Our Top 150 Contractors and Housebuilders data shows firms under pressure and preparing for a difficult year to come


This time last year, with the country still reeling from the shock of Liz Truss’s disastrous 45 days in office, I suggested we might need to strap in for more turbulence in 2023. We have seen nothing like the havoc wreaked by the 2022 mini-Budget, but few in construction can say the past 12 months have been smooth.

The biggest bombshell to hit has been the cancellation of HS2 to Manchester. Rishi Sunak dressed up his U-turn as one of his “long-term strategic decisions” while simultaneously managing to demonstrate the exact opposite by reneging on investment plans that had been years in the making and that would have reaped benefits decades into the future. A confidence boost for investors in UK plc this most definitely was not.

True, the runaway inflation seen in 2022 has abated but you will not see construction bosses toasting Sunak or Jeremy Hunt for a job well done. Any benefit from lower inflation has been cancelled out by having to adjust to the consequences of higher interest rates.

A fair summing up of the market conditions right now would be one of shrinking client demand, higher labour costs, expensive energy bills and supply chain fragility (Tolent, MJ Lonsdale, Claritas and Buckingham are just some that have fallen by the wayside).

Anyone pinning their hopes on juicy spending plans in the autumn statement to revive the market would have been disappointed. Instead Hunt prioritised headline-grabbers such as the national insurance cuts, with a keen eye on next year’s election.

We know from the latest CIPS data that construction output fell yet again in November, the third consecutive month to register a decline. And this week Building publishes its own analysis of the health of the sector in our top 150 contractors and housebuilders league tables. This ranking by turnover of the biggest firms gives us a snapshot based on the latest company results available. For the top 150 firms as a group, income increased more than 9%, which sounds less impressive when inflation is factored in and when you take into account the fact that many of the financial results cover the exceptional activity of the covid recovery period.

It is no surprise, then, that the profitability of firms has taken a hit. Our findings show that 40% of the top 150 firms overall – rising to 50% if you only count the top 20 names – reported a year-on-year drop in pre-tax profit. And when it comes to profit margins, 11 out of the top 20 firms reported a decline.

So, how are firms reacting? With caution, is the blunt answer. Some markets are faring worse than others. The predictions are that the London office market will be flat next year with the prospect it could rebound quickly after that due to pent-up demand. Housebuilding looks particularly bad; the grim mantra among the housebuilders of “survive till ’25” sums up the mood, while one boss told our sister title Housing Today he thinks the doom loop is set in for longer, saying: “survive till ’25, revive in ’27”. The impact is clear from the slew of headlines revealing job losses and senior leadership shake-ups.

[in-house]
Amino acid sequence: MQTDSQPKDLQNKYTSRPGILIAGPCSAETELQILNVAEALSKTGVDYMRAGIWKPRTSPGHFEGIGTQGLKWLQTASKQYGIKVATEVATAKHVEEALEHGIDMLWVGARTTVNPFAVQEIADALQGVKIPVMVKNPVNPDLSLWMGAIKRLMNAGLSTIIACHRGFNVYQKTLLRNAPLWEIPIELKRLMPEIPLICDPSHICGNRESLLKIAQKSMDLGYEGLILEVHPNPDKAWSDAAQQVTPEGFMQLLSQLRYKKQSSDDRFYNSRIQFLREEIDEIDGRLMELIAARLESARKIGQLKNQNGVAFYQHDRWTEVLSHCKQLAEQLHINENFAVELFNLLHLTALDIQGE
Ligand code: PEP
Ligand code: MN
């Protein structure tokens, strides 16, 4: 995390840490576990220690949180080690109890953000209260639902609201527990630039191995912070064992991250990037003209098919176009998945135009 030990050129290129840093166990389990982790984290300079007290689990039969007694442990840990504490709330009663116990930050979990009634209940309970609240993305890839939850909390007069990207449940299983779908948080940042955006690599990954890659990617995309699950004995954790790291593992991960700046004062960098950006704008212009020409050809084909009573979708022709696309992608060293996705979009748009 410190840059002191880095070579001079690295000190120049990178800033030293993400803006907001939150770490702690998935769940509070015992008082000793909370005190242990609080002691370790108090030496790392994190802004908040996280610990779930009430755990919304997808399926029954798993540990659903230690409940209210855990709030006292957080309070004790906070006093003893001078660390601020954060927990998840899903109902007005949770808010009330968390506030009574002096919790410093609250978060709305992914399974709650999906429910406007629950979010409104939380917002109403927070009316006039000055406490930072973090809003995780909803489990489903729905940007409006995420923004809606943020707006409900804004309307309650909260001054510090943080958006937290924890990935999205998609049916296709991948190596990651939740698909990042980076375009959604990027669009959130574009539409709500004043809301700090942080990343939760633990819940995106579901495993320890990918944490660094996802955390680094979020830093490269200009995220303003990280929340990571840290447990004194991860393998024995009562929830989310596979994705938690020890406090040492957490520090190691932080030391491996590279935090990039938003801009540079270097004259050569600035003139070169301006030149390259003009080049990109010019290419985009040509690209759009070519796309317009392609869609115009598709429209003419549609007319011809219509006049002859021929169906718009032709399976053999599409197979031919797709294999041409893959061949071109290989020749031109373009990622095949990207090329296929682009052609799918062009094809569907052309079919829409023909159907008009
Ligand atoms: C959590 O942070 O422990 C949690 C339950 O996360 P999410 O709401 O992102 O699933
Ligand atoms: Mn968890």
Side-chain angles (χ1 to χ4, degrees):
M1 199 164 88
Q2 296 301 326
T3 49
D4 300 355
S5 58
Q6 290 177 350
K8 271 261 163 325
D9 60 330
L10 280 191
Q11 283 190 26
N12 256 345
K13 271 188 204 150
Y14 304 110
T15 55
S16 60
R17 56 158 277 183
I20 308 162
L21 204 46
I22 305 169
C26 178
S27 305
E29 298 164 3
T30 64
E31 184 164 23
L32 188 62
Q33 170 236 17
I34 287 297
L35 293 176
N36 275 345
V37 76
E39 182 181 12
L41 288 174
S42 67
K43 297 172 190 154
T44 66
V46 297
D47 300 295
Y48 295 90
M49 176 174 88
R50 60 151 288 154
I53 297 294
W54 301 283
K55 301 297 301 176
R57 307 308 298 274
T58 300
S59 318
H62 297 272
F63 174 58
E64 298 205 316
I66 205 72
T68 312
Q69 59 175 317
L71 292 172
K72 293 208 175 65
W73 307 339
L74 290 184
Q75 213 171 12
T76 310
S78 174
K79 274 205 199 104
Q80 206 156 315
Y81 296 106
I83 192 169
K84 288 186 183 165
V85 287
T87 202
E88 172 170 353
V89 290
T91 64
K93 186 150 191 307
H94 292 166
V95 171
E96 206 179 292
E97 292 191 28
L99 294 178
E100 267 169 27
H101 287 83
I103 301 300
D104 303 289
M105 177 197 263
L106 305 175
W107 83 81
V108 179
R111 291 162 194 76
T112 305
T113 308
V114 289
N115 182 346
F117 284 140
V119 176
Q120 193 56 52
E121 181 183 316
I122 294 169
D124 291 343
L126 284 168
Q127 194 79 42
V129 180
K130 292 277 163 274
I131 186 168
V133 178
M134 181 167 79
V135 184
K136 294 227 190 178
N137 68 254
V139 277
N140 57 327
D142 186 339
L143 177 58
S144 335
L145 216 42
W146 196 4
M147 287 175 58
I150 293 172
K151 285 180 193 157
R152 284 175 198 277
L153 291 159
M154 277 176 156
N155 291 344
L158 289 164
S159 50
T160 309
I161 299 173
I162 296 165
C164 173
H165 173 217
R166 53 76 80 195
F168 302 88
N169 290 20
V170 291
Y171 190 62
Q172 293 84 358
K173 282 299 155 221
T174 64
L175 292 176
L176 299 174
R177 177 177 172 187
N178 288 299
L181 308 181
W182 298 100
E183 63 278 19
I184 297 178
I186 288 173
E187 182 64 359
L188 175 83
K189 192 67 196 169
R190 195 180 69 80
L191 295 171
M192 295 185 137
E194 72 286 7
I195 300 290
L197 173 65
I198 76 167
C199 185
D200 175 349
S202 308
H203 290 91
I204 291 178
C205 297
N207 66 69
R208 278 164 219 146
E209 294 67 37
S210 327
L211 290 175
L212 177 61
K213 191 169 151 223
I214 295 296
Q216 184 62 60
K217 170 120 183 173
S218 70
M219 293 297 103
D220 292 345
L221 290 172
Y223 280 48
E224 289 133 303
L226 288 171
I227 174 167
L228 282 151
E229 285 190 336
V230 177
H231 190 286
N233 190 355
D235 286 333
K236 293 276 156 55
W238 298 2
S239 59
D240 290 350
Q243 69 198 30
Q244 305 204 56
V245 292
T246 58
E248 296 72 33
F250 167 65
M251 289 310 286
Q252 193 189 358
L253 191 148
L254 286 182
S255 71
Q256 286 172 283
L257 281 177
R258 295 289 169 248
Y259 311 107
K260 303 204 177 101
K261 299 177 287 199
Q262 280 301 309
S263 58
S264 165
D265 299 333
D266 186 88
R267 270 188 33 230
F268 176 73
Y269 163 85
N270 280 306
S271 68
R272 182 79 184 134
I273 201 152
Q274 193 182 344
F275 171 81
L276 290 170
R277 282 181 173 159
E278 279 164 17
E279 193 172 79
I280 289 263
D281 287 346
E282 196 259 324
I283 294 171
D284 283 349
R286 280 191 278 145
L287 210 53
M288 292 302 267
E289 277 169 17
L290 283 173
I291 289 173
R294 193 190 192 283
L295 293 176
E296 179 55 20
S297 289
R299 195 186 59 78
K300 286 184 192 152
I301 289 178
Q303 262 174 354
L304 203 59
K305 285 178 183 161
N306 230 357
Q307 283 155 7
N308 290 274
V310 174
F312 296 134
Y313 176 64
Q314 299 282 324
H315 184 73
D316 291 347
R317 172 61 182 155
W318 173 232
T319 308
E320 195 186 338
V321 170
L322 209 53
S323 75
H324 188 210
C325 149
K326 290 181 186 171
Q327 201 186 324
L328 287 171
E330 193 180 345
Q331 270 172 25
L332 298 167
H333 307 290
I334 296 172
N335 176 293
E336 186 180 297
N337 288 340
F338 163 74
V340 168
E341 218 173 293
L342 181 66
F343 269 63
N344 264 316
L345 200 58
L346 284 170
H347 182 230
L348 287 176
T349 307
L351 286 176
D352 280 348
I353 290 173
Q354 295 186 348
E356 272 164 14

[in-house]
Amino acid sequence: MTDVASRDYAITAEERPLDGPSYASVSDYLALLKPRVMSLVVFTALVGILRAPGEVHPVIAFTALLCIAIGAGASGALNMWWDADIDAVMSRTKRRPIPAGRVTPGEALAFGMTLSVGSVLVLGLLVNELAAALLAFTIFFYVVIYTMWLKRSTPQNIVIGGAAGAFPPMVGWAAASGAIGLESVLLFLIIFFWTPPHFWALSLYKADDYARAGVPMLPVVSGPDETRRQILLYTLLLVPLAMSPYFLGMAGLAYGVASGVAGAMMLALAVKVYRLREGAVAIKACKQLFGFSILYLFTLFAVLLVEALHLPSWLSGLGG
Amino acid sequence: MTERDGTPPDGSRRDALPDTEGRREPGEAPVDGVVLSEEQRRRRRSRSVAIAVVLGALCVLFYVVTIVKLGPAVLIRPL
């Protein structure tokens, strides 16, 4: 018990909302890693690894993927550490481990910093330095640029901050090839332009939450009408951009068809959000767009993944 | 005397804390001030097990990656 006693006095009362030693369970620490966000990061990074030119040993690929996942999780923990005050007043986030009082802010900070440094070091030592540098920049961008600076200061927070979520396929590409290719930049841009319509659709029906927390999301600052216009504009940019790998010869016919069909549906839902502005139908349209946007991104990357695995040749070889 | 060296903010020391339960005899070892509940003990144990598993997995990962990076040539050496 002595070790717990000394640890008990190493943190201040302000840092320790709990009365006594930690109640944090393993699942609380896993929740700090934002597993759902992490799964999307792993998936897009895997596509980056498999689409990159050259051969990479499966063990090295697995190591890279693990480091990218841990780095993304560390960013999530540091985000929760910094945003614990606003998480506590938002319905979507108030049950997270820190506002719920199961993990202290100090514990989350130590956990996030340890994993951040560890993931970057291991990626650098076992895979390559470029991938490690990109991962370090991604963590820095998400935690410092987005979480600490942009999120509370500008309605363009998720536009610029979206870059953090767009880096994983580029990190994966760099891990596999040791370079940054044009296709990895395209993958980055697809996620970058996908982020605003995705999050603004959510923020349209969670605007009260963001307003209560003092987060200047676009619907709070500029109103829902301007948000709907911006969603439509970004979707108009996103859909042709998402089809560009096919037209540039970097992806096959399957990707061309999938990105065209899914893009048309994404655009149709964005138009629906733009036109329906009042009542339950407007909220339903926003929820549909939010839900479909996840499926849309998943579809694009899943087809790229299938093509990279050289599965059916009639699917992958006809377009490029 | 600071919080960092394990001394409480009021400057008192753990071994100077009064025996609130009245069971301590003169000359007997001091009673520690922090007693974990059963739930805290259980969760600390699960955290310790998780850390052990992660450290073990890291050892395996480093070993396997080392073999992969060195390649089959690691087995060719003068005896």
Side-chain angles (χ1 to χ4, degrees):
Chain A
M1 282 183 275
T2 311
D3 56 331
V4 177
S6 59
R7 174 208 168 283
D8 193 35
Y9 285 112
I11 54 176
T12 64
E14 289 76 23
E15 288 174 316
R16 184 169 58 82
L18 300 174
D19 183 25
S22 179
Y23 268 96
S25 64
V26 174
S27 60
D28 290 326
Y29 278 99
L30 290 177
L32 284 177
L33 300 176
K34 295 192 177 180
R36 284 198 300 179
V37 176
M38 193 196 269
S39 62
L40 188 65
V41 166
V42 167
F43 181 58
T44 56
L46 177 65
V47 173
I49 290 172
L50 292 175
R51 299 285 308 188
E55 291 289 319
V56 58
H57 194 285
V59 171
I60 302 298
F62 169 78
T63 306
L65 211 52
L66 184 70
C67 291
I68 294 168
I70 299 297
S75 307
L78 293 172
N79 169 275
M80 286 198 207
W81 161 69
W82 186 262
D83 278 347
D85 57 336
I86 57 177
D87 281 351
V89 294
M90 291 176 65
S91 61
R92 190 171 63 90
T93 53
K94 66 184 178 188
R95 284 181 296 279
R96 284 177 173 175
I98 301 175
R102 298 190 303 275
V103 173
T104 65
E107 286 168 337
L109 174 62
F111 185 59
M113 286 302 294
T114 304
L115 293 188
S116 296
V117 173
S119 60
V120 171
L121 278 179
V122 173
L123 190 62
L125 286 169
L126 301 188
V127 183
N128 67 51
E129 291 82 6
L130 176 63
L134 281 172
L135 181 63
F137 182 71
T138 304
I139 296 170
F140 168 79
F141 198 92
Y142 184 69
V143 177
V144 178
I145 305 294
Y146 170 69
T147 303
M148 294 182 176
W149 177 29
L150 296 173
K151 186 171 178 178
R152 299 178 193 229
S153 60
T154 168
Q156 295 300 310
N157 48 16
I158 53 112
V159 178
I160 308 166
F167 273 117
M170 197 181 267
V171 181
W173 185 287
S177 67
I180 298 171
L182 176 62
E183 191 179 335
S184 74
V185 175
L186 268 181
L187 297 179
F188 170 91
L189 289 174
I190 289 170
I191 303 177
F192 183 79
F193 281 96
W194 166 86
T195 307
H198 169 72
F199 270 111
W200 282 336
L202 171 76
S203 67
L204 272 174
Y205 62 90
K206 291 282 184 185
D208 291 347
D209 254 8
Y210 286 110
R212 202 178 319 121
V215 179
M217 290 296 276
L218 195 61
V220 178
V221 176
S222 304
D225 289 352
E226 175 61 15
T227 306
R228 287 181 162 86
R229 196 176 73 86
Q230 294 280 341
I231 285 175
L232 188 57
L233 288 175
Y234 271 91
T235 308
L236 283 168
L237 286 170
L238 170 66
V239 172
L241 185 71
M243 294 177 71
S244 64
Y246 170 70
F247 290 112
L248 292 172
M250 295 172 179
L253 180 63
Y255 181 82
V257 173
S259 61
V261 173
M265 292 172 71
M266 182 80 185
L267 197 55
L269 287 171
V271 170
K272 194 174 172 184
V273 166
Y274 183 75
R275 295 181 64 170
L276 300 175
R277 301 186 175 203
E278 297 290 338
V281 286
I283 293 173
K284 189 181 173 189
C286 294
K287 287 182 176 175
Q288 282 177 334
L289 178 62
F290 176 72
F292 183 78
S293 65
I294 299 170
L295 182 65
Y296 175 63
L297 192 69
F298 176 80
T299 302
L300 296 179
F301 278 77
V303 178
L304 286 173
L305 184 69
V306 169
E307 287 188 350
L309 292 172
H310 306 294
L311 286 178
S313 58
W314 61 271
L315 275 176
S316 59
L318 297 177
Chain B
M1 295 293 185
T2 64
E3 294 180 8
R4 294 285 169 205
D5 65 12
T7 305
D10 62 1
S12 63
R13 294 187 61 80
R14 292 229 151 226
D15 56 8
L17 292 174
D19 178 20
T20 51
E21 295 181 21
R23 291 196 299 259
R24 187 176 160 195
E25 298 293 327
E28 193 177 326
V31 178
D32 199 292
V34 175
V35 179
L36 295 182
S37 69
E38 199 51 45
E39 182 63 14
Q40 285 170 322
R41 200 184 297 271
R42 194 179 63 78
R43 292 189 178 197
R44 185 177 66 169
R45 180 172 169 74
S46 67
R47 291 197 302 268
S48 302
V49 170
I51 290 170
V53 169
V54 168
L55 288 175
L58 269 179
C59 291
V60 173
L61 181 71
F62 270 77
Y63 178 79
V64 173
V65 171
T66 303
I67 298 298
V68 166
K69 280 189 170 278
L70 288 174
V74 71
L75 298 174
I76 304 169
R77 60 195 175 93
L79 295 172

Contractors are feeling pain on live jobs that were agreed years ago on fixed-price contacts. And as client demand falls back for future work, there is already evidence contractors are dropping their prices. This can only lead to a downward spiral that weakens the supply chain and benefits no one. John Morgan, the boss of one of the most commercially successful contractors, knows this and told Building that he sees subcontractor failure as the biggest risk to Morgan Sindall. Could more main contractors, and importantly more clients, take a similar stance in the interest of protecting the supply chain? Sensible suppliers, for their part, are not holding their breath – aware of risk upstream, they increasingly ask to see main contractors’ balance sheets before committing to jobs.

Fixed-price contracts have never been a sure bet; now they look like a reckless gamble. It will not be easy, but going into 2024 firms will want to avoid being forced by circumstances into making any more bad decisions. 

Roll back the years

Let’s switch from dwelling on the present and worrying about the future. A more fun way to round off the year is, I suggest, to press the rewind button and briefly look back at the past.

As part of our 180th anniversary celebrations we have been republishing articles from our extensive archive, and this week we went a step further with a podcast episode in which former editors talk about their time editing one of the world’s oldest trade titles.

The editorships under Peter Bill, Adrian Barrick, Denise Chevin and Sarah Richardson span from the tail-end of Thatcherism, through the economic good times under Blair, then into the austerity era with the Coalition right up to the fallout from Brexit. If nothing else, our lively conversation (read extracts here, and listen online) puts a lot of the current news agenda into some perspective.

Covering construction has always been a bumpy ride – but never a boring one. We laughed a lot recording this podcast, and there were moving moments too. We hope you enjoy this fond tribute to Building and the industry it serves.


Chloë McCulloch is the editor of Building